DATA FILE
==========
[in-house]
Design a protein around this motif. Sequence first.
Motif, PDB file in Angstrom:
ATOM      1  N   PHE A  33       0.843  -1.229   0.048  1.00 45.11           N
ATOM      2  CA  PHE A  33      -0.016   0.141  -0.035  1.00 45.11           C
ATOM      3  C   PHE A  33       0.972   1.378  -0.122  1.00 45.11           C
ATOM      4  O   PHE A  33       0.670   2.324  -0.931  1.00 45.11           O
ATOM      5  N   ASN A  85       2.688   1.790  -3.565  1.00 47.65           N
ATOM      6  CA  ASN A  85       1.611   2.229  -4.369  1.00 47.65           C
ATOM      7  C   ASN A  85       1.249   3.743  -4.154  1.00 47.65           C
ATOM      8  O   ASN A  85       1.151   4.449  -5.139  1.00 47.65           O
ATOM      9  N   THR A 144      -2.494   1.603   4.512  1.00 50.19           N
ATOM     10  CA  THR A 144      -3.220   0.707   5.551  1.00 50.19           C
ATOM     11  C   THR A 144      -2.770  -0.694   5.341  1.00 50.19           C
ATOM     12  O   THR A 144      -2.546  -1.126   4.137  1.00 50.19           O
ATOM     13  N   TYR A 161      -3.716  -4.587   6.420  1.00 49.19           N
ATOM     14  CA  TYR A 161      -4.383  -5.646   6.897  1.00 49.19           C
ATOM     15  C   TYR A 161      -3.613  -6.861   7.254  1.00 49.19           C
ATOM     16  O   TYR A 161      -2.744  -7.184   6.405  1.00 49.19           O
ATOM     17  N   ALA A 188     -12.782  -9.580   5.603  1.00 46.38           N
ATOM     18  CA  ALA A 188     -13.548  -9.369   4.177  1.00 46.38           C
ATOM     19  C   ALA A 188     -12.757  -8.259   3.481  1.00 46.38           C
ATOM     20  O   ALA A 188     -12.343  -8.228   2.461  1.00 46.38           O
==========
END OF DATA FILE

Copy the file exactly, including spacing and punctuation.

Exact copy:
[in-house]
Design a protein around this motif. Sequence first.
Motif, PDB file in Angstrom:
ATOM      1  N   PHE A  33       0.843  -1.229   0.048  1.00 45.11           N
ATOM      2  CA  PHE A  33      -0.016   0.141  -0.035  1.00 45.11           C
ATOM      3  C   PHE A  33       0.972   1.378  -0.122  1.00 45.11           C
ATOM      4  O   PHE A  33       0.670   2.324  -0.931  1.00 45.11           O
ATOM      5  N   ASN A  85       2.688   1.790  -3.565  1.00 47.65           N
ATOM      6  CA  ASN A  85       1.611   2.229  -4.369  1.00 47.65           C
ATOM      7  C   ASN A  85       1.249   3.743  -4.154  1.00 47.65           C
ATOM      8  O   ASN A  85       1.151   4.449  -5.139  1.00 47.65           O
ATOM      9  N   THR A 144      -2.494   1.603   4.512  1.00 50.19           N
ATOM     10  CA  THR A 144      -3.220   0.707   5.551  1.00 50.19           C
ATOM     11  C   THR A 144      -2.770  -0.694   5.341  1.00 50.19           C
ATOM     12  O   THR A 144      -2.546  -1.126   4.137  1.00 50.19           O
ATOM     13  N   TYR A 161      -3.716  -4.587   6.420  1.00 49.19           N
ATOM     14  CA  TYR A 161      -4.383  -5.646   6.897  1.00 49.19           C
ATOM     15  C   TYR A 161      -3.613  -6.861   7.254  1.00 49.19           C
ATOM     16  O   TYR A 161      -2.744  -7.184   6.405  1.00 49.19           O
ATOM     17  N   ALA A 188     -12.782  -9.580   5.603  1.00 46.38           N
ATOM     18  CA  ALA A 188     -13.548  -9.369   4.177  1.00 46.38           C
ATOM     19  C   ALA A 188     -12.757  -8.259   3.481  1.00 46.38           C
ATOM     20  O   ALA A 188     -12.343  -8.228   2.461  1.00 46.38           O